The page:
Press ESC to close

Ethics of AI: Benefits and risks of artificial intelligence

What is Ethical AI, or AI Ethics?

The term “artificial intelligence ethics,” or “AI ethics,” refers to a body of beliefs, methods, and strategies that use generally acknowledged moral norms to direct moral behaviour in the creation and application of AI technology.

In terms of computing power and data use, AI systems are surpassing traditional computers in size and functionality. Their extensive use and accountability extend beyond the PC and Internet periods. However, even seasoned practitioners frequently lack familiarity with deep learning technology due to its intricacy. The maker of AI-generated artwork and possible military surveillance, which might employ AI capabilities to kidnap and murder civilians, are two examples of ethical problems.

AI, automation, and AI ethics

Automation and artificial intelligence (AI) are drastically changing society; hence, AI ethics must be applied while developing and implementing intelligent projects and systems in the public sector. 5G technology is accelerating the development of AI and transforming several industries, including healthcare and education. AI systems will develop further, digesting and applying data at faster and more accurate rates as computer power and big data access rise. On the other hand, improper use or badly built AI systems have the potential to permanently damage people and society. For the sake of the general population, AI systems must be accountable and long-lasting.

Ethics regarding artificial intelligence and possible threats posed by AI systems

1. AI systems: Discrimination and bias 

By choosing certain characteristics, metrics, and analytical structures for data mining, AI system designers may be reproducing their own biases. Because of errors in data entry, data samples may not fairly reflect populations, leading to biased results.

2. AI systems: Refusing people’s rights, autonomy, and accountability

Previously completely answerable to human agents, AI systems now make choices and forecast events that have an impact on citizens. People frequently blame AI systems for bad things that happen, however, this is absurd as humans create AI systems, and humans have the power to fix and alter undesirable results like injuries or accountability gaps that compromise rights and autonomy.

3. AI systems: transparent, incomprehensible or unreasonable outcomes

Decision participants may find it difficult to understand the reasoning behind findings produced by machine learning models when they see results with high-dimensional correlations. This lack of explainability might be troublesome in applications that deal with prejudice, discrimination, injustice, or inequality.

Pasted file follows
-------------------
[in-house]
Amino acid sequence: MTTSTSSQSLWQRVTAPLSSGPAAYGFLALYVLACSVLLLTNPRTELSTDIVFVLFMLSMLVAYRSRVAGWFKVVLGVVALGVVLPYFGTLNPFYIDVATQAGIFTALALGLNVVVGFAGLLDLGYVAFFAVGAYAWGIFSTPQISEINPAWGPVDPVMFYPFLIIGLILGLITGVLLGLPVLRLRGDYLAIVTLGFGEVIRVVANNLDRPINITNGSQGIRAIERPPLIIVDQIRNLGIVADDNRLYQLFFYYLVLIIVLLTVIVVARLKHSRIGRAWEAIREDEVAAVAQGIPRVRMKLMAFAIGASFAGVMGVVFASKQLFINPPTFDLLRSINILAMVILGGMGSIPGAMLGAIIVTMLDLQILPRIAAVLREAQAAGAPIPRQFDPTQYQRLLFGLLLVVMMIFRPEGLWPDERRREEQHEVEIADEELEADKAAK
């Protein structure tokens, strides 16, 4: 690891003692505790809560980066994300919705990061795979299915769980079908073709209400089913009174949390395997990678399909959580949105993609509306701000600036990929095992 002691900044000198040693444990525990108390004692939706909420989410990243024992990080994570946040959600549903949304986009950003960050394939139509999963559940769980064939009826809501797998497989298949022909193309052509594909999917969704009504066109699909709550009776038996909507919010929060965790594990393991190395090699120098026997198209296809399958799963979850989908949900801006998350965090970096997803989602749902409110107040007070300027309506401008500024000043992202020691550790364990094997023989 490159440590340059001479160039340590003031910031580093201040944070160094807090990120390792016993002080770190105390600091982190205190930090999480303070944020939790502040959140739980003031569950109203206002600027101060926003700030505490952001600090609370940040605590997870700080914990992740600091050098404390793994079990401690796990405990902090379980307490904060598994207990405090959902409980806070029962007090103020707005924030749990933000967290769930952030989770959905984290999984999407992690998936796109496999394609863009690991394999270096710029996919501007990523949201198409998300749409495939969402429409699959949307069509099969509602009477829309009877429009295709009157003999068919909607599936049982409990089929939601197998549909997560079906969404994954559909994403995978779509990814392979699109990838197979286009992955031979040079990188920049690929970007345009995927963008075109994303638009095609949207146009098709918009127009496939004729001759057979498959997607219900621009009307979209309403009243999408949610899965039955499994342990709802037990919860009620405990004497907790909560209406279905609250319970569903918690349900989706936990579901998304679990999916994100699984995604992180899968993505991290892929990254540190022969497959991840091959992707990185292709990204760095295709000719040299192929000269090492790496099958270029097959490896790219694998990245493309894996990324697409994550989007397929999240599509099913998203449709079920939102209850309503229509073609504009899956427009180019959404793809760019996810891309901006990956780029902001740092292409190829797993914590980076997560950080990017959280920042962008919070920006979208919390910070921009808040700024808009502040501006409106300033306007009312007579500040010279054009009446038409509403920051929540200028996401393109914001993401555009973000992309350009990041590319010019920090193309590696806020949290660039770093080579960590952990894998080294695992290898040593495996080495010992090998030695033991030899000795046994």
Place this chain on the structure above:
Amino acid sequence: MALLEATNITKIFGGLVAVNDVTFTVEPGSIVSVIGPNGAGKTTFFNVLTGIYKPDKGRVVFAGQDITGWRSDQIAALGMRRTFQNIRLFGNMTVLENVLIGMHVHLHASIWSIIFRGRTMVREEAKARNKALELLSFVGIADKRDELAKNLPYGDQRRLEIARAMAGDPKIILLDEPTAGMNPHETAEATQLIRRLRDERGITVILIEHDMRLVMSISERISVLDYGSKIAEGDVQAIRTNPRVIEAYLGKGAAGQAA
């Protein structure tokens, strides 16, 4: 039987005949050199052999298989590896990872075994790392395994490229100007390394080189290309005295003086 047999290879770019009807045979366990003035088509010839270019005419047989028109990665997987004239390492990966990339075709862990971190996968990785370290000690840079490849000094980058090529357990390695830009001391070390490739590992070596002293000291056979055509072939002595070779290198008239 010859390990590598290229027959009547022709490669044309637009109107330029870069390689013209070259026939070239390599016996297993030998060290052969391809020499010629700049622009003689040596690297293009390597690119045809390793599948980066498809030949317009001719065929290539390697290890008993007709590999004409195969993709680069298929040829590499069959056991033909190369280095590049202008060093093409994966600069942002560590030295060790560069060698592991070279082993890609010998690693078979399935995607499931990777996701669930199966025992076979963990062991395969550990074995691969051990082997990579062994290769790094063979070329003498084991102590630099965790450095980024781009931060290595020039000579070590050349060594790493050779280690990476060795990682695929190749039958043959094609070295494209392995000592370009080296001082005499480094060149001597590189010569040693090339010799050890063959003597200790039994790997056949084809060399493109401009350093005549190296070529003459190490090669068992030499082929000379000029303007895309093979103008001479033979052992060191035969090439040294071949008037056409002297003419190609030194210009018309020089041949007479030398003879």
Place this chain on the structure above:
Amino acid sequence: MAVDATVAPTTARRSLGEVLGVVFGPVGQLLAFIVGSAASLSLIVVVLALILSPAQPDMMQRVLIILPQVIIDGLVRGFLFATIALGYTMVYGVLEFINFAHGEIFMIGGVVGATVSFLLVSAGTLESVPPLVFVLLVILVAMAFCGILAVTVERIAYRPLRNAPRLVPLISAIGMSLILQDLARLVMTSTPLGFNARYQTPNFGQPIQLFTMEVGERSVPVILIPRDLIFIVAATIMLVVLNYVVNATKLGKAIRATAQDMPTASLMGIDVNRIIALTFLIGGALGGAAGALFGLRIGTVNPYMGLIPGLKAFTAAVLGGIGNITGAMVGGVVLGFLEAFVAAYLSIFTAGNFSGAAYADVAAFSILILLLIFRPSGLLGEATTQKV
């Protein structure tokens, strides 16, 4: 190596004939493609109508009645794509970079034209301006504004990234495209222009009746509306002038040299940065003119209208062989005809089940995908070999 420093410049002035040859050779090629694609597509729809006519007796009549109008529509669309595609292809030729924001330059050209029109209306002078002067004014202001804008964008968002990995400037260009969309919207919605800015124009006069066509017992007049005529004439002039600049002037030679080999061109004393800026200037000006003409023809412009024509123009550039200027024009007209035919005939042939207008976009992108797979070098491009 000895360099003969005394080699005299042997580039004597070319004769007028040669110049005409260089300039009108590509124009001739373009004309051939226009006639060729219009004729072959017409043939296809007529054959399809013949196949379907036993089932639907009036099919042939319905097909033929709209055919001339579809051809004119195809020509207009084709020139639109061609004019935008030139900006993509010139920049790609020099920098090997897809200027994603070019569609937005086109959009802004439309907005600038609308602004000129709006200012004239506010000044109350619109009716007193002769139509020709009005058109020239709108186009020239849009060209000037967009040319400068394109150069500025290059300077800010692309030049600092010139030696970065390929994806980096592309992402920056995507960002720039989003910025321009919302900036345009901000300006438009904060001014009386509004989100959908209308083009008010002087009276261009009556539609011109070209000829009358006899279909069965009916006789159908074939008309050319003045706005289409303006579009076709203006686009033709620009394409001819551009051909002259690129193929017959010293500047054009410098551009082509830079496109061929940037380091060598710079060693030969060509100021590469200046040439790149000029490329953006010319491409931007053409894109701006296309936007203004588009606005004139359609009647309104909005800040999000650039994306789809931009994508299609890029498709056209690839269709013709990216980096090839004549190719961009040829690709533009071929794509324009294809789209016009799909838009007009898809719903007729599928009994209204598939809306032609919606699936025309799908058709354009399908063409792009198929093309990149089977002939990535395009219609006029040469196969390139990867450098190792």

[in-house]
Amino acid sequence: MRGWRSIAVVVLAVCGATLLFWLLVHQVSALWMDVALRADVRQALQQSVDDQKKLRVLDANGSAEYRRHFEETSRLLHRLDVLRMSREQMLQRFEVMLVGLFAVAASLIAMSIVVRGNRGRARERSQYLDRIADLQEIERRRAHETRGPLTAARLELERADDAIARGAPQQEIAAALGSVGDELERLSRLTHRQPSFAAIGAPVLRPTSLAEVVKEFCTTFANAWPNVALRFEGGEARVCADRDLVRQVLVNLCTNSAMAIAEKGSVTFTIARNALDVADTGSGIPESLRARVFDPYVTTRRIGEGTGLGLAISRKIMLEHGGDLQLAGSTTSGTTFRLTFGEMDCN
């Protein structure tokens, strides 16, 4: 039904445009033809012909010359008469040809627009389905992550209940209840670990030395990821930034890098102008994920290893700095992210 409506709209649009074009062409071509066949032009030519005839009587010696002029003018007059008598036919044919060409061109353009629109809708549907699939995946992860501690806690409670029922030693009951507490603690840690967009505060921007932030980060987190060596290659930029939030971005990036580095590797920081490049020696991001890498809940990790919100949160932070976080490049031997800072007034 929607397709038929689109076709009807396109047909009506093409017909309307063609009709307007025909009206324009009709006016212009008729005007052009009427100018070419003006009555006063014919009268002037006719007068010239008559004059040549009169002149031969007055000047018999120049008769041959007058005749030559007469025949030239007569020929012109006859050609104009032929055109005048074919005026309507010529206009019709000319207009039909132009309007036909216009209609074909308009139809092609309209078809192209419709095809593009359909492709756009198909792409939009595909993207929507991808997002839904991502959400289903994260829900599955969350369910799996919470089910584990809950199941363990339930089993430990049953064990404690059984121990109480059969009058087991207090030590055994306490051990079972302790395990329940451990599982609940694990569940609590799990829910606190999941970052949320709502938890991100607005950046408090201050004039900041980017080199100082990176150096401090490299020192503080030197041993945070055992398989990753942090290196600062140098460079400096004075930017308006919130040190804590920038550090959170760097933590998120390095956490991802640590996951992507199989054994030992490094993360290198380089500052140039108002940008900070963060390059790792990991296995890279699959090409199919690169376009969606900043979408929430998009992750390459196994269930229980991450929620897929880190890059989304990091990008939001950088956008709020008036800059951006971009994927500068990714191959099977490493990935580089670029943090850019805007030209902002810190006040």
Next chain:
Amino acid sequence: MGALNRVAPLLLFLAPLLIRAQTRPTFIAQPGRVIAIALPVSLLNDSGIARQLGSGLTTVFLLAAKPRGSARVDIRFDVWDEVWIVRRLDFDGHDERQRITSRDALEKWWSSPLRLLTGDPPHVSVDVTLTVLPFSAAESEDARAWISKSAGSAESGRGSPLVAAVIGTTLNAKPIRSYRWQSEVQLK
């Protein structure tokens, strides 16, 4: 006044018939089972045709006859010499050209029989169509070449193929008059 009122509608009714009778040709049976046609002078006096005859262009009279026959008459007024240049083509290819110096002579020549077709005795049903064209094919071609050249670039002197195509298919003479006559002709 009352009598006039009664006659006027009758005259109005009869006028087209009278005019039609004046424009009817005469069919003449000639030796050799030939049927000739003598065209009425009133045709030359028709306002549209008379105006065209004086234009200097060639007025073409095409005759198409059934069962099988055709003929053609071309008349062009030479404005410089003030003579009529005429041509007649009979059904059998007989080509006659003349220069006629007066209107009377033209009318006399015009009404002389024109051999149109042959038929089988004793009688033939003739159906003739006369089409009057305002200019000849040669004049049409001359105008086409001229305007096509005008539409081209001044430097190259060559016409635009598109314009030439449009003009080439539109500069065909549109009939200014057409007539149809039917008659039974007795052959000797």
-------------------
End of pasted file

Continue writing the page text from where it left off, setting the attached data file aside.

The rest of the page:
4. AI systems: Privacy Risks

The design and development procedures of AI systems entail the processing of large amounts of data, which presents a danger to privacy. The privacy of the data owner is frequently violated since this data is frequently gathered and extracted without their permission. AI systems may be used to target, profile, or prod people lacking their knowledge or agreement. This violates their right to privacy and interferes with their capacity to pursue objectives or plans for their lives without undue influence.

The ethical use of artificial intelligence

According to pioneer Marvin Minsky, artificial intelligence is the study of teaching computers to execute activities that normally require human intelligence. AI-applied ethics have developed as a result of this concept. According to Dr. David Leslie, there is a need for rules of ethics because AI systems cannot be held ethically responsible. These theories seek to bridge the gap between computers’ morally bankrupt behaviour and their intelligent agency. Principles like equity, transparency, sustainability, and openness are meant to close this gap. AI now functions at a level where program-based inventions are the responsibility of humans, underscoring the necessity of ethical concerns in AI ethics.


Accountability is necessary for the design and deployment of AI systems, as these systems may eventually develop into moral beings. Right now, engineers and designers are required to oversee the planning, designing, and development of systems.